The F-14 Tomcat continues to be the Navy's premier long-range fighter. The Tomcat's "Roadmap for the Future" - a plan to incorporate significant performance improvements over the next four years - makes the Tomcat a superb complement to the Navy's current F/A-18 Hornet aircraft. The F 14 will enable the Navy to maintain the desired force structure of 50 strike-fighter aircraft on each carrier deck until it is replaced by the F/A-18F Super Hornet.

The Tomcat is being configured as a potent precision strike-fighter with the incorporation of the Low-Altitude Navigation and Targeting Infrared for Night (LANTIRN) system. With LANTIRN, the Tomcat has an accurate, autonomous designation and targeting capability for the delivery of laser guided bombs. This
system is effective during day or night, and at high altitudes. The first LANTIRN- equipped Tomcat squadron, VF-103, deployed in June 1996 on board Enterprise (CVN 65), and all deploying battle groups will now have LANTIRN-capable Tomcats.

In addition to its precision strike capability, the F-14 is being outfitted with enhanced defensive countermeasure systems (BOL chaff and AN/ALR 67 Radar Warning Receiver), night vision capability, and Global Positioning System (GPS). These systems will significantly enhance the capability of the Tomcat in the strike-fighter role.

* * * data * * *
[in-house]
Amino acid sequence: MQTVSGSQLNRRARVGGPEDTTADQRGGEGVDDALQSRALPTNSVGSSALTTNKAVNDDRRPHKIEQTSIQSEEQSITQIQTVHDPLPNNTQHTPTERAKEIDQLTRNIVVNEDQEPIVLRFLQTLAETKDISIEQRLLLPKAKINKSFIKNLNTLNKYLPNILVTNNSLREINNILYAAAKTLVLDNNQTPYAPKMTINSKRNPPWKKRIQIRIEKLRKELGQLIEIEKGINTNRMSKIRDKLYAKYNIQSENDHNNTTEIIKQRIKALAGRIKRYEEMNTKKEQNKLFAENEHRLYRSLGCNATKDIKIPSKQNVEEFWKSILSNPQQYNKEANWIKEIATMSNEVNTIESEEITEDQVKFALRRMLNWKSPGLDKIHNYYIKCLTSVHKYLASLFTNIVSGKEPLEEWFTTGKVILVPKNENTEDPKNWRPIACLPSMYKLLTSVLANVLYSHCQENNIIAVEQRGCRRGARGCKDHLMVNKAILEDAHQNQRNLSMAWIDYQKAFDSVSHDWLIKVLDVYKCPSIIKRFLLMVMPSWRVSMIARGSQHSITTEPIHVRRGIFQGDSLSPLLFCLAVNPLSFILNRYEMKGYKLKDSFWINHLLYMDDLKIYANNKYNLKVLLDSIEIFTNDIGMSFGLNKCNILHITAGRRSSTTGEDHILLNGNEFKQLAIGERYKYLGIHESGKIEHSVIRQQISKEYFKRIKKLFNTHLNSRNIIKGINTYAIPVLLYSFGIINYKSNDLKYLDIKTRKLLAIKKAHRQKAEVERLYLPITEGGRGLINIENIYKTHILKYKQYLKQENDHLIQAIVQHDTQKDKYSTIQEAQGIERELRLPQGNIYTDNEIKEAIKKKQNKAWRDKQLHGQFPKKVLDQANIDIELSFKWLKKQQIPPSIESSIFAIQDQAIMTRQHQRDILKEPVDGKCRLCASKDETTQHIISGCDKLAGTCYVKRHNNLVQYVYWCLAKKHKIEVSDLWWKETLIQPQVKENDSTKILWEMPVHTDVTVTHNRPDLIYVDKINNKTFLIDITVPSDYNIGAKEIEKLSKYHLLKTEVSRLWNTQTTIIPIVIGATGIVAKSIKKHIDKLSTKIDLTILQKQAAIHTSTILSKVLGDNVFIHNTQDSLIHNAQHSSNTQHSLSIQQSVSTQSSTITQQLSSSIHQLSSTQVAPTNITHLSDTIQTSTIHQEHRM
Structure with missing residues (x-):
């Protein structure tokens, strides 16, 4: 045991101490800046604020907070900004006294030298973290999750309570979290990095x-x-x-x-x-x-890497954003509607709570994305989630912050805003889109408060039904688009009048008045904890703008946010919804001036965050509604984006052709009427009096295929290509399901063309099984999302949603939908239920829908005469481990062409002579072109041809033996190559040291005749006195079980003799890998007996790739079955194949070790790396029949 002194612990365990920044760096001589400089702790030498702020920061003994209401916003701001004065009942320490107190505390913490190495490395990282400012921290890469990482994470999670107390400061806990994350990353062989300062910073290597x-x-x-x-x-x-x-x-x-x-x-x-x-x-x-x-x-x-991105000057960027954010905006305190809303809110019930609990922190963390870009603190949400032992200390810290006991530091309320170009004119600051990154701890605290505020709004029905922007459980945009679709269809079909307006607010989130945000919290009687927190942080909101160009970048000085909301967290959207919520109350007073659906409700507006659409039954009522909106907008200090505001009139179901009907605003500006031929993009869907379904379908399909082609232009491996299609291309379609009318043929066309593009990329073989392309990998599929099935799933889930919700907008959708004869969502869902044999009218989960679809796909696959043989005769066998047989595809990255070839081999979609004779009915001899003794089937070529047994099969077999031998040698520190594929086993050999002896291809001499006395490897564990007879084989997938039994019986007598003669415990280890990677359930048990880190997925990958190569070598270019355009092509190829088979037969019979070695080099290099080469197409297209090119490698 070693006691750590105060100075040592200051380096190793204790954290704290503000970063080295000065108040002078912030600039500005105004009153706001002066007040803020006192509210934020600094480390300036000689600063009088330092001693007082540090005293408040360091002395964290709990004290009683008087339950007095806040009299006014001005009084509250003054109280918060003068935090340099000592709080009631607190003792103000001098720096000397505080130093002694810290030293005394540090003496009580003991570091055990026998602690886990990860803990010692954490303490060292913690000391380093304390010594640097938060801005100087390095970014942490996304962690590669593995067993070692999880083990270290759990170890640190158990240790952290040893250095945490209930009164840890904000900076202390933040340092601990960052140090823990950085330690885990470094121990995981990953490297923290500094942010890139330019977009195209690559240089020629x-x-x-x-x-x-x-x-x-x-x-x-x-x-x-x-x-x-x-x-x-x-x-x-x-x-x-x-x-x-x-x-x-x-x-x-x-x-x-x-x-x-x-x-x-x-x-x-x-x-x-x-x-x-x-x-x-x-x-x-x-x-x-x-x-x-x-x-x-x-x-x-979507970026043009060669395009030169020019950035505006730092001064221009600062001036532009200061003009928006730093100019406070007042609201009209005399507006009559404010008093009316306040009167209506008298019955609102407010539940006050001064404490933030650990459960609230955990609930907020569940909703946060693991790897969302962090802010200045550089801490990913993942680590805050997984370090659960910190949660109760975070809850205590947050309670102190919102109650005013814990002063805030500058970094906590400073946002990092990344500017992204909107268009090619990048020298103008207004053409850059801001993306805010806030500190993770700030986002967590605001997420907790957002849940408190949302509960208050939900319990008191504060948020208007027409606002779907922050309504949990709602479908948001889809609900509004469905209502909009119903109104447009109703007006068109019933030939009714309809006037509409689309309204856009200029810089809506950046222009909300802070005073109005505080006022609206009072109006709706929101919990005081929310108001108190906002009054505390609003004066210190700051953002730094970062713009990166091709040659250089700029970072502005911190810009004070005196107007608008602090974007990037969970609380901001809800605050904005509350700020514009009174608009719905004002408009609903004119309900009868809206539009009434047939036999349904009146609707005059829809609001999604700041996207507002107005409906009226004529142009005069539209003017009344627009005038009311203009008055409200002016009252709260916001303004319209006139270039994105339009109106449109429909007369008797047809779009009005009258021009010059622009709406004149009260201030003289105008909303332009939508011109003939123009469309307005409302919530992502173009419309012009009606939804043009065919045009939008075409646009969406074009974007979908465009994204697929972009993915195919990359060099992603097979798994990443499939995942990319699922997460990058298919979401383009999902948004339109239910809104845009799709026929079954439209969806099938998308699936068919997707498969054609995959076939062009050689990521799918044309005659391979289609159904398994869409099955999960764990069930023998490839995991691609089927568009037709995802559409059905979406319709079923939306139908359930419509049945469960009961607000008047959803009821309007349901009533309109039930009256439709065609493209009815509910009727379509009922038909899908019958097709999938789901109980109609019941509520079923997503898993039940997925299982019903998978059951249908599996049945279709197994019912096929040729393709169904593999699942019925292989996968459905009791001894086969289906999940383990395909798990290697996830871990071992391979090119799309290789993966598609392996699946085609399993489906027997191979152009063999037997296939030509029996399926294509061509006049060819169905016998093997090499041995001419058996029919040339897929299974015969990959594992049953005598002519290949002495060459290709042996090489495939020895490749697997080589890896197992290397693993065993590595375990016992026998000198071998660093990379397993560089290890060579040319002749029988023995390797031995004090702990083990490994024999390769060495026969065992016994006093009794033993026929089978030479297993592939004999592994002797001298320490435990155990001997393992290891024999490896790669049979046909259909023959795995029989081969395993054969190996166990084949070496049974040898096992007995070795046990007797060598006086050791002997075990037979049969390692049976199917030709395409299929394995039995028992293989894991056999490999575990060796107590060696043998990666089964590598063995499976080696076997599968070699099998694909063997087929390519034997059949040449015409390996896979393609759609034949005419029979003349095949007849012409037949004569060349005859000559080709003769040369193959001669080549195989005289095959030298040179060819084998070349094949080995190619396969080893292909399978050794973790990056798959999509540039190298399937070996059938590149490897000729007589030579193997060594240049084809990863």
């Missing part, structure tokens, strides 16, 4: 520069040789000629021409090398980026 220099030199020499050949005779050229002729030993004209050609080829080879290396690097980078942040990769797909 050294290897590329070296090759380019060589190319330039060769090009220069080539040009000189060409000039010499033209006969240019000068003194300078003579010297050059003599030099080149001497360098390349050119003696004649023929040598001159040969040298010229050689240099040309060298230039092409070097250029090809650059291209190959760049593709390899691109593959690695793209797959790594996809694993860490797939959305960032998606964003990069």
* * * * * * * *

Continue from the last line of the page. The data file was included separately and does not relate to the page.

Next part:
The F-14 carrying the Tactical Airborne Reconnaissance Pod System (TARPS) will continue to provide a manned tactical reconnaissance capability. The F-14's "Roadmap for the Future" includes the incorporation of a digital imaging and data link capability in 24 TARPS pods to provide battle group, joint force, and allied commanders with near real-time imagery for the detection and identification of tactical targets, and immediate threat and bomb damage assessment. This unique capability deployed with VF-32 on Theodore Roosevelt (CVN 71) in November 1996.

The "Roadmap for the Future" also includes a major aircraft safety improvement with the incorporation of a Digital Flight Control System. This system will prevent departure from controlled flight, and will improve F-14 flying qualities during shipboard recovery. Installation will begin in June 1998.

Another innovation in the F-14 community will be the combination of F 14B Upgrade and F-14D aircraft into single "Super" Tomcat squadrons starting in 1999. The major benefit of this plan will be to combine the unique attributes of the F-14D (such as the Advanced Self-Protection Jammer, JTIDS, the AN/APG-71 radar, and the Infrared Search and Track System), with those of F-14B Upgrade aircraft. This F-14B/D squadron mix will be implemented in five carrier air wings.

The F-14's critical role in maintaining air superiority, and its ability to launch precision guided munitions, will ensure that the aircraft remains a vital player in the Navy's inventory until its retirement.

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